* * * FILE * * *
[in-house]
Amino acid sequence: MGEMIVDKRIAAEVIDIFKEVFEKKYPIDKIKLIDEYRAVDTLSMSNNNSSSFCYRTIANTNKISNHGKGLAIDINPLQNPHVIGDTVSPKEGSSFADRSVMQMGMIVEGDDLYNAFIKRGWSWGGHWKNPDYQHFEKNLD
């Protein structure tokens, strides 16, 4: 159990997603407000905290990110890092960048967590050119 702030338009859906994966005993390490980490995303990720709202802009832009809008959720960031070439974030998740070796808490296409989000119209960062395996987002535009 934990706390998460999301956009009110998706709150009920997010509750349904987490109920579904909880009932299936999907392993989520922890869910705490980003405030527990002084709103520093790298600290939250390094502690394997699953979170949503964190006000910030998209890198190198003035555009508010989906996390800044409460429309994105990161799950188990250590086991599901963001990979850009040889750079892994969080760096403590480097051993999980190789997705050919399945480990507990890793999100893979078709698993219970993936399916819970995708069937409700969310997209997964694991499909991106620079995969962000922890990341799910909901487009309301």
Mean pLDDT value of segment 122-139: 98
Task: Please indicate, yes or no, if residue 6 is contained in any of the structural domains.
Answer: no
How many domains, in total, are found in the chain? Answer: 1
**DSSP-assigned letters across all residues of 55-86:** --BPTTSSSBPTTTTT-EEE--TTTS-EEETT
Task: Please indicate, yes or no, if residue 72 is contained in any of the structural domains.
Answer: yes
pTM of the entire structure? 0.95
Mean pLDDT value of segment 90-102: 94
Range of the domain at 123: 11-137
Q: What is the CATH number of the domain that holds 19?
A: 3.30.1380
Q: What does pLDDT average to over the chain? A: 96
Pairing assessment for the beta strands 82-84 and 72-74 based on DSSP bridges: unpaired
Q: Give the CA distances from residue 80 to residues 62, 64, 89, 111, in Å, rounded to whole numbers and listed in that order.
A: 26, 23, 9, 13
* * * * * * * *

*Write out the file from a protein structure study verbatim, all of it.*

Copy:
[in-house]
Amino acid sequence: MGEMIVDKRIAAEVIDIFKEVFEKKYPIDKIKLIDEYRAVDTLSMSNNNSSSFCYRTIANTNKISNHGKGLAIDINPLQNPHVIGDTVSPKEGSSFADRSVMQMGMIVEGDDLYNAFIKRGWSWGGHWKNPDYQHFEKNLD
């Protein structure tokens, strides 16, 4: 159990997603407000905290990110890092960048967590050119 702030338009859906994966005993390490980490995303990720709202802009832009809008959720960031070439974030998740070796808490296409989000119209960062395996987002535009 934990706390998460999301956009009110998706709150009920997010509750349904987490109920579904909880009932299936999907392993989520922890869910705490980003405030527990002084709103520093790298600290939250390094502690394997699953979170949503964190006000910030998209890198190198003035555009508010989906996390800044409460429309994105990161799950188990250590086991599901963001990979850009040889750079892994969080760096403590480097051993999980190789997705050919399945480990507990890793999100893979078709698993219970993936399916819970995708069937409700969310997209997964694991499909991106620079995969962000922890990341799910909901487009309301």
Mean pLDDT value of segment 122-139: 98
Task: Please indicate, yes or no, if residue 6 is contained in any of the structural domains.
Answer: no
How many domains, in total, are found in the chain? Answer: 1
**DSSP-assigned letters across all residues of 55-86:** --BPTTSSSBPTTTTT-EEE--TTTS-EEETT
Task: Please indicate, yes or no, if residue 72 is contained in any of the structural domains.
Answer: yes
pTM of the entire structure? 0.95
Mean pLDDT value of segment 90-102: 94
Range of the domain at 123: 11-137
Q: What is the CATH number of the domain that holds 19?
A: 3.30.1380
Q: What does pLDDT average to over the chain? A: 96
Pairing assessment for the beta strands 82-84 and 72-74 based on DSSP bridges: unpaired
Q: Give the CA distances from residue 80 to residues 62, 64, 89, 111, in Å, rounded to whole numbers and listed in that order.
A: 26, 23, 9, 13